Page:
Can a website help you beat jet lag?
It's 4 a.m., you're lying in bed wide awake in a strange city. Turns out that 12-hour movie marathon on your long-haul flight to Asia didn't ward off the jet lag as well as planned.
According to Jay Olson, who works in the psychology department at Vancouver's Simon Fraser University, overcoming jet lag isn't as simple as just forcing yourself to stay awake.
Instead, travelers need to figure out when to seek and avoid light based on their own trip and body clocks.
It's this science that inspired him to come up with Jet Lag Rooster, a new, free website that lets people enter their trip details and get their very own jet lag battle plan, which they can email to their smart phone to pop up with reminders during the trip.
"Years ago I flew down to Greece and spent the first week there completely jet lagged," Olson told CNN.
"I slept every afternoon and stayed awake most of the night. Jet lag had always been something that affected me quite a bit."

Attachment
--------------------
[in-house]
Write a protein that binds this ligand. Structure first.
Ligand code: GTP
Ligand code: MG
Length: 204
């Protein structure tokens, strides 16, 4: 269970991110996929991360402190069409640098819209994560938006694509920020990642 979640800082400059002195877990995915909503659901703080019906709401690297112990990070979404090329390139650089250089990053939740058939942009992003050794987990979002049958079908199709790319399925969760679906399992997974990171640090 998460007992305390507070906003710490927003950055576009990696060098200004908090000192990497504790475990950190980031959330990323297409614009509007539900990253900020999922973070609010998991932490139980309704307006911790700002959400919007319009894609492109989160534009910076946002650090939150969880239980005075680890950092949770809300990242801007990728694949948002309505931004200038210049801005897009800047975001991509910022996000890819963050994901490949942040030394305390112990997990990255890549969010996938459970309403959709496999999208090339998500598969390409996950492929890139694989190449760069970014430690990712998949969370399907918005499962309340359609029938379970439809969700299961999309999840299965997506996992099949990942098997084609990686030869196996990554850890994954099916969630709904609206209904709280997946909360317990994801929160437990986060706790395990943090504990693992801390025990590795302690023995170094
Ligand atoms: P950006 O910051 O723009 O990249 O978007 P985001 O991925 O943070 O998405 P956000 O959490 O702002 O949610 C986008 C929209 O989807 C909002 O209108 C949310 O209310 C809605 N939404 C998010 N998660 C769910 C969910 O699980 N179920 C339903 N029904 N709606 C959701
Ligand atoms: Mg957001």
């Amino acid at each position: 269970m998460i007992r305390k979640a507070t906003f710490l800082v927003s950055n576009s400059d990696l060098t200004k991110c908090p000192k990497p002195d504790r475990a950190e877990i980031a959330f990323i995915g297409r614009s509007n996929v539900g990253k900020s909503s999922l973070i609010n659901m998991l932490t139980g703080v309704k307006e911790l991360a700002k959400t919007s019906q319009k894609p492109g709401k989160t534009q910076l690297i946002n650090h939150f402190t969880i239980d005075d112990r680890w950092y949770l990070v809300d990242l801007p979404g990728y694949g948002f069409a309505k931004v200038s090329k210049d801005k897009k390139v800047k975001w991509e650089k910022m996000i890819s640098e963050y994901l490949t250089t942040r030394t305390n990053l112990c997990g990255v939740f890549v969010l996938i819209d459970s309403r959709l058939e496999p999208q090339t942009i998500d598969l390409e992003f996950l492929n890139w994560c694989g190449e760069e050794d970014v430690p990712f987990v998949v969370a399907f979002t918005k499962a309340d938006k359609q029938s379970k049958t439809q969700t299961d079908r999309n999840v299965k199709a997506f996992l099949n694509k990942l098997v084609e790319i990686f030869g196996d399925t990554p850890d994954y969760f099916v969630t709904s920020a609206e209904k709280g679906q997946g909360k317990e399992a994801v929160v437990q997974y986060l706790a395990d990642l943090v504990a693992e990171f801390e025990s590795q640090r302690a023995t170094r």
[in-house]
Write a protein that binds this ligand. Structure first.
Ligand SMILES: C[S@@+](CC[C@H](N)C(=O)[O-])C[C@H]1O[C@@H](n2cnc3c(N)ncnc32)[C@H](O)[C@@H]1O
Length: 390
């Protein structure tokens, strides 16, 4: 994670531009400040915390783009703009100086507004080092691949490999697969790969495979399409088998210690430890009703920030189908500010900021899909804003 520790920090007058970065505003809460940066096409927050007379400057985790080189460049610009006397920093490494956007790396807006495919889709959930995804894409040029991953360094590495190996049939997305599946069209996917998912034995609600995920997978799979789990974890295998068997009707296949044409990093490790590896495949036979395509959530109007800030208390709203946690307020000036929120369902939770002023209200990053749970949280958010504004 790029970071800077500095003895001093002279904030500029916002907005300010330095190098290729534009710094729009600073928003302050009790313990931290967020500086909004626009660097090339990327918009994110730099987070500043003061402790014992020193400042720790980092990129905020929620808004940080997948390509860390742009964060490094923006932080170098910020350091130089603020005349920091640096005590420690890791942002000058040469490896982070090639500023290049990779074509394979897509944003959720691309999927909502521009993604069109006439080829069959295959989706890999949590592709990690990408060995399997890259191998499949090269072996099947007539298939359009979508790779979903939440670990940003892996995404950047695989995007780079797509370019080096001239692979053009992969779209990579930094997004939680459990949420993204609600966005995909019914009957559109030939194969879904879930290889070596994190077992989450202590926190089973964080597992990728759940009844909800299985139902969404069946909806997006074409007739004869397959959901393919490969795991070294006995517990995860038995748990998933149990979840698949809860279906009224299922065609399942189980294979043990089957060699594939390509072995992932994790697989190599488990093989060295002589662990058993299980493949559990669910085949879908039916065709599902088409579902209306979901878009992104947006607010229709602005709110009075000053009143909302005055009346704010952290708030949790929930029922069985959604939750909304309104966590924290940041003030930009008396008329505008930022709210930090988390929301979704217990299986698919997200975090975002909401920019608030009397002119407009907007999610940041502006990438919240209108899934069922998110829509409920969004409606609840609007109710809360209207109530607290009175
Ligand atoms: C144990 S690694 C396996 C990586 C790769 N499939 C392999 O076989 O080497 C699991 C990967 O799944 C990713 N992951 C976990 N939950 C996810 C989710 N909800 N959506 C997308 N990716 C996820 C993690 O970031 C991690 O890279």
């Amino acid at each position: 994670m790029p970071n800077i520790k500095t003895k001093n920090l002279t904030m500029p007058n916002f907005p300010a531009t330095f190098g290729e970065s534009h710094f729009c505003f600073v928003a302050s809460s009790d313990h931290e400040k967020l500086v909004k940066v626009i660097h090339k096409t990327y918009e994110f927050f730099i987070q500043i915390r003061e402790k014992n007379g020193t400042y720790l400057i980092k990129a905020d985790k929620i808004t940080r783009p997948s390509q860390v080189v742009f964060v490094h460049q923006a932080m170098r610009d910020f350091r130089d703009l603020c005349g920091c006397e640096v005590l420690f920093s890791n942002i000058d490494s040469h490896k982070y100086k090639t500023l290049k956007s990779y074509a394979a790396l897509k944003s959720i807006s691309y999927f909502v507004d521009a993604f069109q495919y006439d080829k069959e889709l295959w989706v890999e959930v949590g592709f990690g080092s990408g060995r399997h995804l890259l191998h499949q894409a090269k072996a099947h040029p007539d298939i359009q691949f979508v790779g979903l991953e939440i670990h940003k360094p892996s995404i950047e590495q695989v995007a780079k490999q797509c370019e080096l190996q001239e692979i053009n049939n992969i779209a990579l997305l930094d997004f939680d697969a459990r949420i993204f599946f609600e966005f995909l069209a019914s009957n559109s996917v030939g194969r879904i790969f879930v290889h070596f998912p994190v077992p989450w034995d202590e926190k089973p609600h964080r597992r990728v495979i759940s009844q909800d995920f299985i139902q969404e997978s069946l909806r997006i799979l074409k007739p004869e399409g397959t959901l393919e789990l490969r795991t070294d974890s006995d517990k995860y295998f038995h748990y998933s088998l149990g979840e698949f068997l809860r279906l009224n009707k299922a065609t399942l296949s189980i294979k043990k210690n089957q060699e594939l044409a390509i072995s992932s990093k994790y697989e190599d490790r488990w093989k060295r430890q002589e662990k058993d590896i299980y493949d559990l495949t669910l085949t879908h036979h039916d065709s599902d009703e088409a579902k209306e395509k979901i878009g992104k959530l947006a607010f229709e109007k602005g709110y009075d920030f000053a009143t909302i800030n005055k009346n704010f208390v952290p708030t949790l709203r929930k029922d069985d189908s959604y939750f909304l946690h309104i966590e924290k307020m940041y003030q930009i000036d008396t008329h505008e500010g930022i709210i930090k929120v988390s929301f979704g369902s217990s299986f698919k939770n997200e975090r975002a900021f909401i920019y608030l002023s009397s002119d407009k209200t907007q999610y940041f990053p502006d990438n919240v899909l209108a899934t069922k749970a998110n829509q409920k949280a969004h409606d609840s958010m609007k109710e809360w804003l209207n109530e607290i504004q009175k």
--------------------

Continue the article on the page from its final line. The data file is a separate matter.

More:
"During my psychology degree (studies) at Simon Fraser University, I learned that many researchers have found that light exposure at the right times can shift your body clock. This can help reduce or prevent jet lag."
Conversely, seeking light at the wrong times can make jet lag worse.
How it works
The times one should expose themselves to light vary for each person and trip so calculating them is difficult, Olson says.
"Last year, I had to fly from Vancouver to New York City and give three speeches over three days shortly after arriving," he says.
"Obviously, I did not want to be jet lagged. I came up with a simple method of finding out the times to expose myself to light. I followed these guidelines, and did not experience jet lag. More recently, I decided to make this method available to the public."
Cock a doodle doo, the Jet Lag Rooster was born.
In addition to entering travel times, users need to include the time they usually go to bed and wake up, and choose whether they want to adjust to jet lag a few days before departing, on the plane or after they arrive.
The results offer a detailed multi-day plan that highlights the best times to avoid and seek out light.
Since launching Jet Lag Rooster on January 1, Olson says reaction has been positive though he has no plans to monetize the website.
"I would like to reach as many people as possible, so I plan to keep the site free for the public."
For more on the science of jet lag, check out this article by Olson in the Scientific American.
Do you know how to prevent jet lag? Share your tips in the comments box below.